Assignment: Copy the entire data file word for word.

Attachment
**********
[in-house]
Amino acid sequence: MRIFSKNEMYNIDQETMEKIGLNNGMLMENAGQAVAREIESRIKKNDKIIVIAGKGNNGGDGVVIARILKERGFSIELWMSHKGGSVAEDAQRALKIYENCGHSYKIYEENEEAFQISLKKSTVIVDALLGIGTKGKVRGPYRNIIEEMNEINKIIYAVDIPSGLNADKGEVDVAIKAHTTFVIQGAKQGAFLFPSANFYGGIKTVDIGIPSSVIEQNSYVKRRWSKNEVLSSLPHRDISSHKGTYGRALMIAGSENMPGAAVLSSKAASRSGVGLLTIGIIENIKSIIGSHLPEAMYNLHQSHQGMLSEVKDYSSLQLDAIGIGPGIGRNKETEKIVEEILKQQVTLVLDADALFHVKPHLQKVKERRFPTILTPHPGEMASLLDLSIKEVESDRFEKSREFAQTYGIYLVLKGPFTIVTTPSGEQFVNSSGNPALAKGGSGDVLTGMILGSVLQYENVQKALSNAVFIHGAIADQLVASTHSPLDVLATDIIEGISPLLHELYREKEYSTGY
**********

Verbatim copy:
[in-house]
Amino acid sequence: MRIFSKNEMYNIDQETMEKIGLNNGMLMENAGQAVAREIESRIKKNDKIIVIAGKGNNGGDGVVIARILKERGFSIELWMSHKGGSVAEDAQRALKIYENCGHSYKIYEENEEAFQISLKKSTVIVDALLGIGTKGKVRGPYRNIIEEMNEINKIIYAVDIPSGLNADKGEVDVAIKAHTTFVIQGAKQGAFLFPSANFYGGIKTVDIGIPSSVIEQNSYVKRRWSKNEVLSSLPHRDISSHKGTYGRALMIAGSENMPGAAVLSSKAASRSGVGLLTIGIIENIKSIIGSHLPEAMYNLHQSHQGMLSEVKDYSSLQLDAIGIGPGIGRNKETEKIVEEILKQQVTLVLDADALFHVKPHLQKVKERRFPTILTPHPGEMASLLDLSIKEVESDRFEKSREFAQTYGIYLVLKGPFTIVTTPSGEQFVNSSGNPALAKGGSGDVLTGMILGSVLQYENVQKALSNAVFIHGAIADQLVASTHSPLDVLATDIIEGISPLLHELYREKEYSTGY